It's just like today, $1/$5/$10s all get used more than $100 bills. The smaller gold coins got used more, and are rarer and some are conditional rarities. The $20 are basically the Morgans of gold coins, there's absolutely no shortage of them.
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 Posted 07/15/2019  7:42 pm  Show Profile   Check silverwolf's eBay Listings Bookmark this reply Add silverwolf to your friends list Get a Link to this Reply
Think of small common denomination gold coins, the same way you would fractional gold bars.., compare the premium of 1 gram gold bars to 1 ounce gold bars, you will have your answer.. anyone selling gold has to sell 31-1 gram bars, to sell an ounce of gold, where one purchase of an one ounce will move an ounce of gold.. so the seller is hedging.. Money in to cover money out..
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 Posted 07/15/2019  8:53 pm  Show Profile   Bookmark this reply Add tdziemia to your friends list Get a Link to this Reply

Quote:
This has nothing to do with it overall.

Think about it...


I did, I also ran the numbers, and found it has EVERYTHING to do with it.

If you look at the OPs numbers for sales of a double eagle, eagle, and half eagle, the "margin" relative to bullion is not very different. For bullion at $1410, it is $81 for the double eagle, $68 for the eagle, and $91 for the half eagle.

However, for the quarter eagle it is $210.

This tends to confirm hypothesis 3: for the larger denominations, the pricing strategy is set on profit per transaction (about $80).
For smaller denominations there is a $125 dollar premium.

The break point is not between the double eagle and the others. It is between the half eagle and quarter eagle.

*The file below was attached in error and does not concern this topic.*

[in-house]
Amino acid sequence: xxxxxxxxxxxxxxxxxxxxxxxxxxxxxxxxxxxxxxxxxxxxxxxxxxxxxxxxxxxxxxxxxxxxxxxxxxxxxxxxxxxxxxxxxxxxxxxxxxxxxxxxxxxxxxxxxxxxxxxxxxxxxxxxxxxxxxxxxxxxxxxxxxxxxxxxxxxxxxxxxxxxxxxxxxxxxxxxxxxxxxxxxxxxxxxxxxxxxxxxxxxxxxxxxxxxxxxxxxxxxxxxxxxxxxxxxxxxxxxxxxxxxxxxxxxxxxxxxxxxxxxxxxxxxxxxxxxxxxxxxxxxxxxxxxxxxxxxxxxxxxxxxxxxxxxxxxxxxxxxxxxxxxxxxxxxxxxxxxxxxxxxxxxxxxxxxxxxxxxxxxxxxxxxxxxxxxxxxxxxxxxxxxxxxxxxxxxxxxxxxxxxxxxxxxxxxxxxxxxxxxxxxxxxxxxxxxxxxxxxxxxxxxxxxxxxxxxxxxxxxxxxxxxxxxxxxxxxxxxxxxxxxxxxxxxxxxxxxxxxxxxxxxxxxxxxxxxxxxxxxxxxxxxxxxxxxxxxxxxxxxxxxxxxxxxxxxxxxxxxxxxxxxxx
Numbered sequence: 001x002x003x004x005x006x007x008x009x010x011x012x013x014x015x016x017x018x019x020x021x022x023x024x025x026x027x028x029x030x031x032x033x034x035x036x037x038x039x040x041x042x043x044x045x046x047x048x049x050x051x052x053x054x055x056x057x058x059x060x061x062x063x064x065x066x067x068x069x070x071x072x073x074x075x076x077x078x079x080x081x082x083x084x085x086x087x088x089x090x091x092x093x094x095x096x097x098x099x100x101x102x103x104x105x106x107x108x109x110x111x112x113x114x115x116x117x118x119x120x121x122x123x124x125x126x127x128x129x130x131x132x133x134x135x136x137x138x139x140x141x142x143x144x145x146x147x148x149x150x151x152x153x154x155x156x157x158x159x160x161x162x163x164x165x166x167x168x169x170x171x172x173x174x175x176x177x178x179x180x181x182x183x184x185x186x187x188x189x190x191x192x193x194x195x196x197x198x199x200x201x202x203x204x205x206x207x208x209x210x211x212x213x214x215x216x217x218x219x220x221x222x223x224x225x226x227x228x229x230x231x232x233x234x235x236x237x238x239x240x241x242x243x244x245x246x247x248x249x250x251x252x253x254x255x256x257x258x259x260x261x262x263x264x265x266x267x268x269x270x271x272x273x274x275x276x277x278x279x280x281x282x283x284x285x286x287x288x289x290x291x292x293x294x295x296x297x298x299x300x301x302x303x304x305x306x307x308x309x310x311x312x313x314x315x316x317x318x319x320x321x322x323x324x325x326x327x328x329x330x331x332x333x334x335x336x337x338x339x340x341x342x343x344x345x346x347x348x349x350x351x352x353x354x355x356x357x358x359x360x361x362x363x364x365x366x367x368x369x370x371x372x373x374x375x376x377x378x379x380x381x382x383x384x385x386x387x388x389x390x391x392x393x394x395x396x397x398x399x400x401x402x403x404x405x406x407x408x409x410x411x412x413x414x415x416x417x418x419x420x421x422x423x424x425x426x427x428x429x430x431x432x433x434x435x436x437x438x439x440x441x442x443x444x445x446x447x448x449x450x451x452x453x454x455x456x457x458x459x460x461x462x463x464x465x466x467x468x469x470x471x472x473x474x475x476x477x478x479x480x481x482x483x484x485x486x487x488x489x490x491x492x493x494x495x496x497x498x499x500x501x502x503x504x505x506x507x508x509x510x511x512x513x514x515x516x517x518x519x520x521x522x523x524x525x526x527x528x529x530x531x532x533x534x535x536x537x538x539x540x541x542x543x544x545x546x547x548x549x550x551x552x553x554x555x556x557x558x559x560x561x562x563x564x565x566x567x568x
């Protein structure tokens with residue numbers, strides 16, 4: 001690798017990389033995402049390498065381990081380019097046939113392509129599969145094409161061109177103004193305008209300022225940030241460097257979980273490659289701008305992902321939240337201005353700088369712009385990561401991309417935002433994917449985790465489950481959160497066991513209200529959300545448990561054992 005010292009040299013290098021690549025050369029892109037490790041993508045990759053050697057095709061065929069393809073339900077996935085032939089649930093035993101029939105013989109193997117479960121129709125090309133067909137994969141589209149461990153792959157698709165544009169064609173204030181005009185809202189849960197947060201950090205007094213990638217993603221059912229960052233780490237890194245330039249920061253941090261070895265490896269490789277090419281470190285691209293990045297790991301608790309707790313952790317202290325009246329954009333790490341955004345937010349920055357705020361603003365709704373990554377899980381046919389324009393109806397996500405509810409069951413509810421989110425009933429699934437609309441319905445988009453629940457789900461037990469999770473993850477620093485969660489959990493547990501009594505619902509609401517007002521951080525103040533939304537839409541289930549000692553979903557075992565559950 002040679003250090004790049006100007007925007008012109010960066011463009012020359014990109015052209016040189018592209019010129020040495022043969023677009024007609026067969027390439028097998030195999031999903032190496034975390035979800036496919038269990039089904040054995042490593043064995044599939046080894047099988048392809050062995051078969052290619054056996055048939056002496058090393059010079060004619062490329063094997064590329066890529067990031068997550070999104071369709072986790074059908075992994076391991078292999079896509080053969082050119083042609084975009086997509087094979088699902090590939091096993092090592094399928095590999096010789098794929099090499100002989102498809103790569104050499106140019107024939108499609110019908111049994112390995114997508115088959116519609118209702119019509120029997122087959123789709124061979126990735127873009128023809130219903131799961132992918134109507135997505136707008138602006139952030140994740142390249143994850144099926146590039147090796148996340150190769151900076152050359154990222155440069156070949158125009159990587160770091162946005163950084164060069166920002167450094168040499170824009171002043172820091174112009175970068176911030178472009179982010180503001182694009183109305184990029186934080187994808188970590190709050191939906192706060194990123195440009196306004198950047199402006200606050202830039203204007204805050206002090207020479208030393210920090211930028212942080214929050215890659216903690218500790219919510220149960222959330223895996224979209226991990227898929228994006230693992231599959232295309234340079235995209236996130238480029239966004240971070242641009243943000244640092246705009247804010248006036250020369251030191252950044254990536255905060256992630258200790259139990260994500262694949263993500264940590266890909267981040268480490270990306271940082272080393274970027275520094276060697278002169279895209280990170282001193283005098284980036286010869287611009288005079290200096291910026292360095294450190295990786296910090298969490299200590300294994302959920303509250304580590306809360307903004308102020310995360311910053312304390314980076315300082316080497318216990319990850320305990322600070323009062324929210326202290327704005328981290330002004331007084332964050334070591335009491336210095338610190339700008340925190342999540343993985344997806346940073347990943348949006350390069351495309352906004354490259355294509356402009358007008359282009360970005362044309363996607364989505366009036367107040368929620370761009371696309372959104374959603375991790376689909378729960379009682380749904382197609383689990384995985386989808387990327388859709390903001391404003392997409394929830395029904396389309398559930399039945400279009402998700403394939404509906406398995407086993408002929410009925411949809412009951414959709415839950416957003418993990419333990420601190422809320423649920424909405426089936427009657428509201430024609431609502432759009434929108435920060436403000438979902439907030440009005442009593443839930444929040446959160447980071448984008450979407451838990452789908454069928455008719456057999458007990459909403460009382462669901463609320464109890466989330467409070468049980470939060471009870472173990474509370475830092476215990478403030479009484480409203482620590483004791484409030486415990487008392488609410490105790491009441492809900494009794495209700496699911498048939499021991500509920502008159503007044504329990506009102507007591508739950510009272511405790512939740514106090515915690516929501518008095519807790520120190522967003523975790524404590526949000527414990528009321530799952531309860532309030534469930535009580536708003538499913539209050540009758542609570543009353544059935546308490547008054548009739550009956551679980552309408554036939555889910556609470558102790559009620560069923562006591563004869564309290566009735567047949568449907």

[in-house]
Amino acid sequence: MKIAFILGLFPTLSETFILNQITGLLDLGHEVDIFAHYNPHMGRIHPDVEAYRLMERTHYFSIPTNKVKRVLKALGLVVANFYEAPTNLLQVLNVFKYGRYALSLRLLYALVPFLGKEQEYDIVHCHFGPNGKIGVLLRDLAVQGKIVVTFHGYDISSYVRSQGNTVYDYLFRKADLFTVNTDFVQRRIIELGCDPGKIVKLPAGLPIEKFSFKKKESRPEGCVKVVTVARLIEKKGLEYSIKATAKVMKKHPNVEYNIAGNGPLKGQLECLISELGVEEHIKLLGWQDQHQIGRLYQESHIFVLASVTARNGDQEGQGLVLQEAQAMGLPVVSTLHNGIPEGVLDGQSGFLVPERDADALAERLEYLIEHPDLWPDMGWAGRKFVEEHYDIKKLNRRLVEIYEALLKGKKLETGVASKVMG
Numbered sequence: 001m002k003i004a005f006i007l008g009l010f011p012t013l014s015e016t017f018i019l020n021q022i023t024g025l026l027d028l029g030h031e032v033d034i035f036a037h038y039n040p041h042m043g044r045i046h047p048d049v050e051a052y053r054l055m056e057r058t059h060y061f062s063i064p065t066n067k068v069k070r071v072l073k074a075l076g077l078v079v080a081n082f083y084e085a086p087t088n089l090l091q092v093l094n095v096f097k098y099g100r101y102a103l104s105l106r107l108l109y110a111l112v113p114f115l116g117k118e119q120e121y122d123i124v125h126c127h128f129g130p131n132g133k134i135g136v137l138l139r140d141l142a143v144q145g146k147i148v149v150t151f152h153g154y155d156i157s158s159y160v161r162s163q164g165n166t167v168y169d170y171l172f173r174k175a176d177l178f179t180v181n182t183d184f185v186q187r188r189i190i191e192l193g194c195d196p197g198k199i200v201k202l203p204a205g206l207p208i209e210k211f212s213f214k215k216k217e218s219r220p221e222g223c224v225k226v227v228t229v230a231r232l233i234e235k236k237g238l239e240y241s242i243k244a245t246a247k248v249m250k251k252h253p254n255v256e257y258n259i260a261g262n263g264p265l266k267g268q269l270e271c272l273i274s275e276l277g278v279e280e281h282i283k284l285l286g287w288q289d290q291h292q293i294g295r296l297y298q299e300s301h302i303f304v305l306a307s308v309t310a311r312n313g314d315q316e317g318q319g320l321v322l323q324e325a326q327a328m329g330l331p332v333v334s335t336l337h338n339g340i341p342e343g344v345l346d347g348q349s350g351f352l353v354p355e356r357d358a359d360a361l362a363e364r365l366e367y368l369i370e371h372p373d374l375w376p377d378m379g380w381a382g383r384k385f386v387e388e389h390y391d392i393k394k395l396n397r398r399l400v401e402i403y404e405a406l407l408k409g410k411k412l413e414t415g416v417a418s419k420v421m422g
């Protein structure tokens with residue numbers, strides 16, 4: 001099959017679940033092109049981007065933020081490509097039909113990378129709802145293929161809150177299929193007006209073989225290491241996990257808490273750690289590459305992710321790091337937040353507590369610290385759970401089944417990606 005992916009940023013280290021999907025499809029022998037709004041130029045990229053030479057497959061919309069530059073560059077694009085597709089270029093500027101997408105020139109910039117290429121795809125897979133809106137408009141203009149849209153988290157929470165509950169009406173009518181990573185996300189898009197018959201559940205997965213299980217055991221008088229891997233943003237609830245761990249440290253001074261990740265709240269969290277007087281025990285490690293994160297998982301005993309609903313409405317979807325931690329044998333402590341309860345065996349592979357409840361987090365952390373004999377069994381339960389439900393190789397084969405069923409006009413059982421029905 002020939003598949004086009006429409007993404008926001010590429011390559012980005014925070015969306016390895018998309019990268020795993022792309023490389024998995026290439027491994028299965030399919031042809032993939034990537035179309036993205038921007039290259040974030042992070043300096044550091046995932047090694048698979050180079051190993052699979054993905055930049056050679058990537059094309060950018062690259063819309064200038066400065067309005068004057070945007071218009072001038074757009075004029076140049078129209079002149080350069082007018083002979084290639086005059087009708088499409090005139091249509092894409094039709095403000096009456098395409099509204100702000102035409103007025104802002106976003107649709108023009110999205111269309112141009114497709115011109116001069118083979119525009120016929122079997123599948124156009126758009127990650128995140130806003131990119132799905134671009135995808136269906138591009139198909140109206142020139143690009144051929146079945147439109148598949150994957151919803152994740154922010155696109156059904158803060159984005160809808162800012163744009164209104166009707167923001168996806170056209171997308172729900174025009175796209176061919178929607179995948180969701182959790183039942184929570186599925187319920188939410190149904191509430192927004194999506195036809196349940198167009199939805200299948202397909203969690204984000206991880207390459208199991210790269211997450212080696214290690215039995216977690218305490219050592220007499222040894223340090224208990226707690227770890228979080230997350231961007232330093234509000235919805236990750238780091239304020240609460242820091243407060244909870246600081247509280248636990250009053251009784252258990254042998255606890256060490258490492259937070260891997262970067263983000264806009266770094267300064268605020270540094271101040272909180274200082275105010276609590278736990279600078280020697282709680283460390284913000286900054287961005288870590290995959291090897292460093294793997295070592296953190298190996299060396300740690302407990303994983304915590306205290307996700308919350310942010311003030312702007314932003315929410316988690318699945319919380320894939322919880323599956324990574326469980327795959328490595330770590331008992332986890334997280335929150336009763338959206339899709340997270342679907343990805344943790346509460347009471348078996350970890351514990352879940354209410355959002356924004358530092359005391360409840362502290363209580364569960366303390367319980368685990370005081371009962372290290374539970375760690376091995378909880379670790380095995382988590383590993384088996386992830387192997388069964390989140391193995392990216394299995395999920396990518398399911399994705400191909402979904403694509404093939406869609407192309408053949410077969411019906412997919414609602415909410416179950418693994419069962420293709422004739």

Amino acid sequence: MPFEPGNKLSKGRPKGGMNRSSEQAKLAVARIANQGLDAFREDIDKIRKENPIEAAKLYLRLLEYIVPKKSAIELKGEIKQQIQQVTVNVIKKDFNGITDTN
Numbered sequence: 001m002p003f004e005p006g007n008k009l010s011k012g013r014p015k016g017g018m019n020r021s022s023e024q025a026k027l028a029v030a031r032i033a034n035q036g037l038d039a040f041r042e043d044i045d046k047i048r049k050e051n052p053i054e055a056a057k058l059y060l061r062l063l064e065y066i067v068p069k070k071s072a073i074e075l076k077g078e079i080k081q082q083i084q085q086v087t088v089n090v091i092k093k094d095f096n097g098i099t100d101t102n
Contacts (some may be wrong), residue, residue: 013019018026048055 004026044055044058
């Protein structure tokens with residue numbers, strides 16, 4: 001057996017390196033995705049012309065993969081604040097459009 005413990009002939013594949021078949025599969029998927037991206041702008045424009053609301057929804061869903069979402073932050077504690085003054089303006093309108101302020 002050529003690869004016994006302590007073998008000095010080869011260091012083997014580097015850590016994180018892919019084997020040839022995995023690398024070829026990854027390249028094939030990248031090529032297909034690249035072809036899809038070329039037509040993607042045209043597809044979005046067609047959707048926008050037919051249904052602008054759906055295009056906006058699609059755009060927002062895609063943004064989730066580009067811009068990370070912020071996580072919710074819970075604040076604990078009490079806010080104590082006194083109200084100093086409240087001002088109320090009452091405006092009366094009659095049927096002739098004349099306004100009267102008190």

The strategy and the lesson are both crystal clear.

Edited by tdziemia
07/15/2019 9:05 pm
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 Posted 07/15/2019  9:13 pm  Show Profile   Bookmark this reply Add basebal21 to your friends list Get a Link to this Reply

Quote:
I did, I also ran the numbers, and found it has EVERYTHING to do with it.

If you look at the OPs numbers for sales of a double eagle, eagle, and half eagle, the "margin" relative to bullion is not very different. For bullion at $1410, it is $81 for the double eagle, $68 for the eagle, and $91 for the half eagle.

However, for the quarter eagle it is $210.

This tends to confirm hypothesis 3: for the larger denominations, the pricing strategy is set on profit per transaction (about $80).
For smaller denominations there is a $125 dollar premium.

The break point is not between the double eagle and the others. It is between the half eagle and quarter eagle.

The strategy and the lesson are both crystal clear.


Ran the numbers on what exactly? Classic gold is pre 1933 gold.

If you think it's just a pricing strategy you don't know that market
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 Posted 07/15/2019  9:28 pm  Show Profile   Bookmark this reply Add tdziemia to your friends list Get a Link to this Reply